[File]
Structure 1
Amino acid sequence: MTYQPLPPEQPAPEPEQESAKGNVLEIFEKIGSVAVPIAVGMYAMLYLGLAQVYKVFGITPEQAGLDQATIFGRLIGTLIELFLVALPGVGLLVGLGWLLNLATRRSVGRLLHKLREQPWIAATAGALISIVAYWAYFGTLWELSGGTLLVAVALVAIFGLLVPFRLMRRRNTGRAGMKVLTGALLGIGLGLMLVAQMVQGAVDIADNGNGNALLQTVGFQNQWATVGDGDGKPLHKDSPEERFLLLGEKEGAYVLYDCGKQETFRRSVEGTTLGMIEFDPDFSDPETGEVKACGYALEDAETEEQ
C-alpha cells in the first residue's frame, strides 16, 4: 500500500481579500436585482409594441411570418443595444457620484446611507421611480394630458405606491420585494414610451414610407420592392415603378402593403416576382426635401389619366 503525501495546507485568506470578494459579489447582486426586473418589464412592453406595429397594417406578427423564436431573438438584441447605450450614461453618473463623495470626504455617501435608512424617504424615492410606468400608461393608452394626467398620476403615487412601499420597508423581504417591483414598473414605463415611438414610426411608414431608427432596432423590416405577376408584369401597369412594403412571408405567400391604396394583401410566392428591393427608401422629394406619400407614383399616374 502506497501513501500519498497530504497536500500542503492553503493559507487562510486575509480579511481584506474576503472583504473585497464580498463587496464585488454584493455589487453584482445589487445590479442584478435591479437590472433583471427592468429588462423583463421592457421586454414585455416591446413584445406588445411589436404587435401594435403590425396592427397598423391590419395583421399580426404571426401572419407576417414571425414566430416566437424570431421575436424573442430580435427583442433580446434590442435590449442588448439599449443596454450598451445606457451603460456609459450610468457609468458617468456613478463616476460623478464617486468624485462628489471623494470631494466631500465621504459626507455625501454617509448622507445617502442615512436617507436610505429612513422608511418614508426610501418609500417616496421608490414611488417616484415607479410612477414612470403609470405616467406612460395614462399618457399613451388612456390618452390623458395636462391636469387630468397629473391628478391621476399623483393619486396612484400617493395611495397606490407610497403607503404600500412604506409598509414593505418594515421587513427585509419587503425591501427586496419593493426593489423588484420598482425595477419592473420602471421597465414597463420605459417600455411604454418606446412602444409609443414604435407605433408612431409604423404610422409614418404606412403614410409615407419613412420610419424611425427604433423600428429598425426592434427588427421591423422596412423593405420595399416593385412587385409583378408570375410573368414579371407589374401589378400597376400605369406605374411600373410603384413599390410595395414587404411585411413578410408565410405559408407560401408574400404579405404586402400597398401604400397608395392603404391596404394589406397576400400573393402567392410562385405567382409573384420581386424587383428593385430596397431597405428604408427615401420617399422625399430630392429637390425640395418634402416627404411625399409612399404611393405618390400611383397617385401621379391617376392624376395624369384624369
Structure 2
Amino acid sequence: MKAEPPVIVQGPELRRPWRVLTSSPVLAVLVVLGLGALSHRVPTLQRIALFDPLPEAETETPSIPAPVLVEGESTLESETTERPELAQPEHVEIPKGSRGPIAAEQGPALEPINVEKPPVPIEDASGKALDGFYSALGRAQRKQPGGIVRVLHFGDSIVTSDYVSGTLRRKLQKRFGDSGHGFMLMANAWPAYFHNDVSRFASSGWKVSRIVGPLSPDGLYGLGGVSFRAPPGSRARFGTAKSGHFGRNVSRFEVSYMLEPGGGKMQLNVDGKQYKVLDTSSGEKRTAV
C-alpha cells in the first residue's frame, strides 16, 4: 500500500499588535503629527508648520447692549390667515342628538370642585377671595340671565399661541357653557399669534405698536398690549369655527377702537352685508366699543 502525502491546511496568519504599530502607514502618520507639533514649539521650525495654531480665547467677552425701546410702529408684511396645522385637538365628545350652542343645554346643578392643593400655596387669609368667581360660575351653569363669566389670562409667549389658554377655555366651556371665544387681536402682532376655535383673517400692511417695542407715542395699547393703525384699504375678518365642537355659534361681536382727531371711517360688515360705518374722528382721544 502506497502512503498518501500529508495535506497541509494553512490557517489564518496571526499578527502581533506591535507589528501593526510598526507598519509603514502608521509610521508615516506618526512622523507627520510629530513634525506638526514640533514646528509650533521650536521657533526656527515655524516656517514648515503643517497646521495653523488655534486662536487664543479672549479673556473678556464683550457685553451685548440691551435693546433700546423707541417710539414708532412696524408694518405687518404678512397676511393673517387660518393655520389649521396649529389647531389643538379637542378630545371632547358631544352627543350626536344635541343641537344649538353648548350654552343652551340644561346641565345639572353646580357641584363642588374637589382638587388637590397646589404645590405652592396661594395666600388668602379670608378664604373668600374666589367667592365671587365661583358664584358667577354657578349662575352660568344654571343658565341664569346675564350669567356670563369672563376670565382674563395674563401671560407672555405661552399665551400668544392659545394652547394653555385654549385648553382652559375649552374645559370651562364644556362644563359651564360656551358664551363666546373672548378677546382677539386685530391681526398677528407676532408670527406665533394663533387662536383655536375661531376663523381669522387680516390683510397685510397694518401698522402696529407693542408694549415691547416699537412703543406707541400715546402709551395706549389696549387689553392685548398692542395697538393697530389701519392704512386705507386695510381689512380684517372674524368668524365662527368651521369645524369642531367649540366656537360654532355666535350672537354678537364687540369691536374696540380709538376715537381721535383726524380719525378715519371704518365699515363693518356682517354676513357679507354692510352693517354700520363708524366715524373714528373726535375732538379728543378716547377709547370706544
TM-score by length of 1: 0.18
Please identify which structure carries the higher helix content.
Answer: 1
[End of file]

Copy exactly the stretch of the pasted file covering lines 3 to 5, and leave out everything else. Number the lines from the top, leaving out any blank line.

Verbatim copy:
C-alpha cells in the first residue's frame, strides 16, 4: 500500500481579500436585482409594441411570418443595444457620484446611507421611480394630458405606491420585494414610451414610407420592392415603378402593403416576382426635401389619366 503525501495546507485568506470578494459579489447582486426586473418589464412592453406595429397594417406578427423564436431573438438584441447605450450614461453618473463623495470626504455617501435608512424617504424615492410606468400608461393608452394626467398620476403615487412601499420597508423581504417591483414598473414605463415611438414610426411608414431608427432596432423590416405577376408584369401597369412594403412571408405567400391604396394583401410566392428591393427608401422629394406619400407614383399616374 502506497501513501500519498497530504497536500500542503492553503493559507487562510486575509480579511481584506474576503472583504473585497464580498463587496464585488454584493455589487453584482445589487445590479442584478435591479437590472433583471427592468429588462423583463421592457421586454414585455416591446413584445406588445411589436404587435401594435403590425396592427397598423391590419395583421399580426404571426401572419407576417414571425414566430416566437424570431421575436424573442430580435427583442433580446434590442435590449442588448439599449443596454450598451445606457451603460456609459450610468457609468458617468456613478463616476460623478464617486468624485462628489471623494470631494466631500465621504459626507455625501454617509448622507445617502442615512436617507436610505429612513422608511418614508426610501418609500417616496421608490414611488417616484415607479410612477414612470403609470405616467406612460395614462399618457399613451388612456390618452390623458395636462391636469387630468397629473391628478391621476399623483393619486396612484400617493395611495397606490407610497403607503404600500412604506409598509414593505418594515421587513427585509419587503425591501427586496419593493426593489423588484420598482425595477419592473420602471421597465414597463420605459417600455411604454418606446412602444409609443414604435407605433408612431409604423404610422409614418404606412403614410409615407419613412420610419424611425427604433423600428429598425426592434427588427421591423422596412423593405420595399416593385412587385409583378408570375410573368414579371407589374401589378400597376400605369406605374411600373410603384413599390410595395414587404411585411413578410408565410405559408407560401408574400404579405404586402400597398401604400397608395392603404391596404394589406397576400400573393402567392410562385405567382409573384420581386424587383428593385430596397431597405428604408427615401420617399422625399430630392429637390425640395418634402416627404411625399409612399404611393405618390400611383397617385401621379391617376392624376395624369384624369
Structure 2
Amino acid sequence: MKAEPPVIVQGPELRRPWRVLTSSPVLAVLVVLGLGALSHRVPTLQRIALFDPLPEAETETPSIPAPVLVEGESTLESETTERPELAQPEHVEIPKGSRGPIAAEQGPALEPINVEKPPVPIEDASGKALDGFYSALGRAQRKQPGGIVRVLHFGDSIVTSDYVSGTLRRKLQKRFGDSGHGFMLMANAWPAYFHNDVSRFASSGWKVSRIVGPLSPDGLYGLGGVSFRAPPGSRARFGTAKSGHFGRNVSRFEVSYMLEPGGGKMQLNVDGKQYKVLDTSSGEKRTAV